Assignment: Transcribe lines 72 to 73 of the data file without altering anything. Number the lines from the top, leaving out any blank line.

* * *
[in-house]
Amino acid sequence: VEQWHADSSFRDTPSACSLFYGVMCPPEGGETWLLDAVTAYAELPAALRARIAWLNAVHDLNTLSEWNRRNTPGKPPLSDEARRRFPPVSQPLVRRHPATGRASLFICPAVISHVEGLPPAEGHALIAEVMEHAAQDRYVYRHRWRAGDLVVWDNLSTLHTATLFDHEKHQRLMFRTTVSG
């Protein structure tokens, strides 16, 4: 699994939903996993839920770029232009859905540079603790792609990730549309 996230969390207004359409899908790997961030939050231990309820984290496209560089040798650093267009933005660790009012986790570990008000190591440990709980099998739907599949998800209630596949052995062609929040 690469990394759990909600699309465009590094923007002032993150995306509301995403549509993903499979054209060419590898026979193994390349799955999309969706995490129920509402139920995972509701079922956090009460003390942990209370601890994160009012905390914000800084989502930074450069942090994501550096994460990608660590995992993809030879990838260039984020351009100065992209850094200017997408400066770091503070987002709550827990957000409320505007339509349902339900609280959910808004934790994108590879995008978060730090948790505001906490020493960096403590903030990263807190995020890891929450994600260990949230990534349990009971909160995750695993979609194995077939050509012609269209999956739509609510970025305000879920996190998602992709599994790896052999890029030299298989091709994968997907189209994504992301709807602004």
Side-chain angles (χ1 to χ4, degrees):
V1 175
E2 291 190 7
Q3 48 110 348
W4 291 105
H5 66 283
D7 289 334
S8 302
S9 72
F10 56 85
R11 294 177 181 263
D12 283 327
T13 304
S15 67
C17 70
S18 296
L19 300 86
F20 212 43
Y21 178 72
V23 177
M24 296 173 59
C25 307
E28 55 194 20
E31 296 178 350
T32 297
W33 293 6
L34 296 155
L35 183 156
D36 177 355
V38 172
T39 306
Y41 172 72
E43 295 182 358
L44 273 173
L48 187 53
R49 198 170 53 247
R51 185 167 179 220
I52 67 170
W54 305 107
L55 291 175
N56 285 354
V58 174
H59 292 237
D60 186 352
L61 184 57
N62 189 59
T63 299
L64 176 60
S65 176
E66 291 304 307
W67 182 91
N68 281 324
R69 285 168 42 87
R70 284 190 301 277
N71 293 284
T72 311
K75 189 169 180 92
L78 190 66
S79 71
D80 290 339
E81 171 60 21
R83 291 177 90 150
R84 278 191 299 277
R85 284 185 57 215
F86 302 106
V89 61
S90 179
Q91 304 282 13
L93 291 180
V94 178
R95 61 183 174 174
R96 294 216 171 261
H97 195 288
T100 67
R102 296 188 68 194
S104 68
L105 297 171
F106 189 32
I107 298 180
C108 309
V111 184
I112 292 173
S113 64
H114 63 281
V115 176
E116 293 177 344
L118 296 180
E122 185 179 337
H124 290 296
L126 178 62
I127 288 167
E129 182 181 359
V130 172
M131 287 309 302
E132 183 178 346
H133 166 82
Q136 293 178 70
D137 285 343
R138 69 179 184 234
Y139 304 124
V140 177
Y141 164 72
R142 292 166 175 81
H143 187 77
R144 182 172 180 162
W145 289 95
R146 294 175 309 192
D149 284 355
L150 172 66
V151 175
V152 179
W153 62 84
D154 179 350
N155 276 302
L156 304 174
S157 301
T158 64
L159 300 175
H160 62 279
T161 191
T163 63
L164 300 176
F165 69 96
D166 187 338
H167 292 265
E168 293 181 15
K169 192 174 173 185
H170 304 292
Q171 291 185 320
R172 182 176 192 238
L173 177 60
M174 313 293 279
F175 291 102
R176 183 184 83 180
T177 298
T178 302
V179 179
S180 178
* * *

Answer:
L93 291 180
V94 178